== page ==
Standard ESPN league finds
Tre Mason, RB, St. Louis Rams (owned in 2.3 percent of ESPN leagues): The Rams' backfield carousel goes 'round and 'round. They appeared to begin Sunday's game splitting halfback time among Mason, Benny Cunningham and Tavon Austin, but Mason got hot and wound up with 18 touches compared to 15 for the other two guys combined. I view Mason as a legitimate NFL-level talent with a bright future -- enough size, speed and quickness to be a three-down back -- but he isn't yet trustworthy in pass protection; on Sunday Mason came off the field in all throwing situations. That could change in the season's second half. But for now, you should view Mason as the head of a platoon who could ride the pine if the Rams fall behind. Zac Stacy can now be dropped in standard-sized leagues.
Doug Baldwin, WR, Seattle Seahawks (19.4 percent): With Percy Harvin gone, Baldwin assumed Seattle's No. 1 wideout role in Week 7 and wound up with 123 yards receiving on 11 targets and seven catches. Don't be blinded by the stats; no Seahawks WR is likely to produce like that on a weekly basis because Seattle runs a lot and has a lot of ancillary weapons. Instead, watch the tape and see Baldwin running free all day long. He is an agile route-runner with decent speed, and he reminds me of Julian Edelman. Like Edelman, Baldwin is best out of the slot and isn't an ideal red zone weapon, which might make him most attractive in PPR leagues.
Denard Robinson, RB, Jacksonville Jaguars (0.5 percent): Shoelace busted out in Week 7, with 22 carries for 127 yards; he had 20 carries in his entire rookie season. So can you believe? I'm skeptical, but if anyone is ever going to emerge from that Jags backfield, Robinson now appears to be the best bet. He is certainly a straight-line burner, and when he gets the corner he can make the kind of big play the Jaguars have lacked. But he's not a superior all-around athlete, nor do I see much evidence that he is elusive in close quarters. Given how badly every other Jacksonville RB has struggled every other week, you have to give Shoelace credit, but you also have to wonder if this performance was fluky. I think you add him in any league where you need a RB but make him prove it to you again.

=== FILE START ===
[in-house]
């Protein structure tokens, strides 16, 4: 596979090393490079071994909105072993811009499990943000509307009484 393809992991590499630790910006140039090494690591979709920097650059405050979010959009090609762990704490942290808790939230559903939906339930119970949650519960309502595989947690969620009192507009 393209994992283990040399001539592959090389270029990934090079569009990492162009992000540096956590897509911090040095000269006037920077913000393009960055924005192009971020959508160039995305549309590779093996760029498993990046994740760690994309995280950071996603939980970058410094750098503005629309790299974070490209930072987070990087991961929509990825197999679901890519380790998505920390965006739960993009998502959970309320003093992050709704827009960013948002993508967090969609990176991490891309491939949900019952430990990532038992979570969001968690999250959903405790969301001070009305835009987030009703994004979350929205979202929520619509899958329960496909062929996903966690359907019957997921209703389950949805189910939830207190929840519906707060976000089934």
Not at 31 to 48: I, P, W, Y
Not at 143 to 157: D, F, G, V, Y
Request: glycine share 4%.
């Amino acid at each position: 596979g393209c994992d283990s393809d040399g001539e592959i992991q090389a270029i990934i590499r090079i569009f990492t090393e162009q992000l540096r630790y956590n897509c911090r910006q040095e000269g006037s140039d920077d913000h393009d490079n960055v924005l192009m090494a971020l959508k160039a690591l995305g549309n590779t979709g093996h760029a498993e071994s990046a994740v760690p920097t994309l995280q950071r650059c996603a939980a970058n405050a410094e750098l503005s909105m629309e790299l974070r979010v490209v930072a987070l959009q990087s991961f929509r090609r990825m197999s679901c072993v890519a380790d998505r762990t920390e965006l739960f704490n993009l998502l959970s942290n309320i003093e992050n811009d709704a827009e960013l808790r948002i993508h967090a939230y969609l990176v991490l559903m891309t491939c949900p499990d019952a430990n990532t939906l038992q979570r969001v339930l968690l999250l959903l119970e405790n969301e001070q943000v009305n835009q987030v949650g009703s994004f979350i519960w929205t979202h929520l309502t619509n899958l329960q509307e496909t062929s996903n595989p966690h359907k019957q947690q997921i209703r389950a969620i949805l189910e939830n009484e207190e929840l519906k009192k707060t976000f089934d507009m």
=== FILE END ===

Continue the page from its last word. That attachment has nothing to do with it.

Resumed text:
Bryce Brown, RB, Buffalo Bills (1.3 percent): C.J. Spiller is out for the season with a broken collarbone, and Fred Jackson will miss multiple weeks with a groin injury. So unless the Bills sign a free agent like BenJarvus Green-Ellis or Michael Bush, they will roll into Week 8 with Brown and Anthony Dixon (0.2 percent) in their backfield. Brown hasn't even been active for a regular-season game this year, but fans remember a couple sparkling weeks he had with the Philadelphia Eagles two years ago. He possesses fantastic speed for a guy who goes 223 pounds, but he has been a one-trick pony who bounces everything outside. Oh, I guess he fumbles a lot too, so that's two tricks. All that said, Brown has more upside than almost any player you'll find on a waiver wire, and I would add him before Dixon, who could get a shot at the feature role but who looks like a plodder on tape.
Miami Dolphins defense (12.6 percent): The Jaguars got their first win in Week 7, but they still allowed a fairly mediocre Cleveland Browns defense to score eight fantasy points, including two sacks and three interceptions of Blake Bortles. The Fins generate sacks and turnovers in abundance, and without a truly scary-looking opponent until the Denver Broncos in Week 12, they could be a regular visitor to my D/ST top 10. They will be there this week anyway, I promise.
Other solid waiver adds, about whom I've written in previous weeks: Jerick McKinnon, RB, Vikings (11.7 percent); Ronnie Hillman, RB, Broncos (12.0 percent); Isaiah Crowell, RB, Browns (29.8 percent); Odell Beckham, WR, Giants (20.2 percent); Josh Gordon, WR, Browns (13.0 percent); Owen Daniels, TE, Ravens (22.1 percent)
Speculative standard-league finds
Jonas Gray, RB, New England Patriots (0.0 percent): Shane Vereen looked like the very definition of a feature back in Week 7, but surely you know the Pats well enough by now to know they often change their backfield plans. The other interesting development Thursday was Gray playing ahead of Brandon Bolden and James White (who was inactive). A powerful straight-line runner reminiscent of injured Stevan Ridley, Gray could benefit most if New England plays tricks with its RBs again.
Jermaine Kearse, WR, Seahawks (4.6 percent): Kearse played in all two-receiver sets Sunday, graduating to a full-time job as a result of the Harvin trade. As I wrote above, if I'm speculating on anyone becoming relevant in a standard league, it's Doug Baldwin, but Kearse did have seven targets and three catches in Week 7. He is a flanker type without game-busting speed, but in this WR corps he's now what stands in for an end zone threat.